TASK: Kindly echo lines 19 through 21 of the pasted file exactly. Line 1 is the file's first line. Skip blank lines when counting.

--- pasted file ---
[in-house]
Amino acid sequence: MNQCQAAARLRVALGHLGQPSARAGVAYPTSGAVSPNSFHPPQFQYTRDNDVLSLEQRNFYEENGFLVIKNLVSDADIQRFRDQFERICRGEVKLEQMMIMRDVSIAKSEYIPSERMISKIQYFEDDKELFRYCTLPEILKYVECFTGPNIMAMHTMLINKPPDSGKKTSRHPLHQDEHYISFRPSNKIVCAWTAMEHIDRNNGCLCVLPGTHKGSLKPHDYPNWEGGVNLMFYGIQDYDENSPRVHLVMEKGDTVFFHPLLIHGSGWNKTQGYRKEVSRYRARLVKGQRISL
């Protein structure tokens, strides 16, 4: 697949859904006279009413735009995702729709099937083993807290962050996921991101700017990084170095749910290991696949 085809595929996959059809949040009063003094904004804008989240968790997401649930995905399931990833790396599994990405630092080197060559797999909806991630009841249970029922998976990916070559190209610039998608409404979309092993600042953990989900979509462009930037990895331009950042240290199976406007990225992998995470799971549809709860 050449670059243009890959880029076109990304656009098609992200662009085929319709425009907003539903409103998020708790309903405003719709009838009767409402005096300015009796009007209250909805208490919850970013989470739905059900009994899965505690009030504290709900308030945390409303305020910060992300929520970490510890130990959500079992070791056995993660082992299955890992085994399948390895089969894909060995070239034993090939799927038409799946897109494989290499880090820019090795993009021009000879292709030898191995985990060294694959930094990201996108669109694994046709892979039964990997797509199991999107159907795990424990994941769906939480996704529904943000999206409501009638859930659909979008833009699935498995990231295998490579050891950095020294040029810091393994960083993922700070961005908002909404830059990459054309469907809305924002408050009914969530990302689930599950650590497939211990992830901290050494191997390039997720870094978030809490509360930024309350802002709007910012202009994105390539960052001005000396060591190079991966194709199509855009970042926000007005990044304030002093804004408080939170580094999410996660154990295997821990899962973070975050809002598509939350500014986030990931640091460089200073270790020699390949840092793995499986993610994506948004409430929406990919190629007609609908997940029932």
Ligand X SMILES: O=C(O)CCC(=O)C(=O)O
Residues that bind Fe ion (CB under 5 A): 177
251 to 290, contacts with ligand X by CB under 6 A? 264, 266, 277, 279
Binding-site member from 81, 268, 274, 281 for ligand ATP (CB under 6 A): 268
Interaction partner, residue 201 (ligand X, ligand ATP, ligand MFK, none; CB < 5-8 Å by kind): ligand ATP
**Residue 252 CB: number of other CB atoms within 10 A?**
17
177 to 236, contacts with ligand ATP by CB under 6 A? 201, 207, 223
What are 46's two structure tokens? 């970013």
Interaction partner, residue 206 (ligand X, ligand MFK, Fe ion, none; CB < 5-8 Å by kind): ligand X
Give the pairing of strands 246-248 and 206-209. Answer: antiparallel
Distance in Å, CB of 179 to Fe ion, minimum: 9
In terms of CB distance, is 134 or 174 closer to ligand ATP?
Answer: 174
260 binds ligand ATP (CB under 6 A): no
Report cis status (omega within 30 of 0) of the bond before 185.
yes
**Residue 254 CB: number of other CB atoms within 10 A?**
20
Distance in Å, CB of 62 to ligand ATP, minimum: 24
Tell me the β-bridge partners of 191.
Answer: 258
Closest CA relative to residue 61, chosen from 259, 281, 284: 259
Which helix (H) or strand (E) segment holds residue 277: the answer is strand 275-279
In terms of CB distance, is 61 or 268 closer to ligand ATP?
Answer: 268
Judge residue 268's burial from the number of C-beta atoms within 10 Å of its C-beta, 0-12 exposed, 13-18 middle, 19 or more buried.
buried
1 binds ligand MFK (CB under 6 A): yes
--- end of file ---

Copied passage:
Report cis status (omega within 30 of 0) of the bond before 185.
yes
**Residue 254 CB: number of other CB atoms within 10 A?**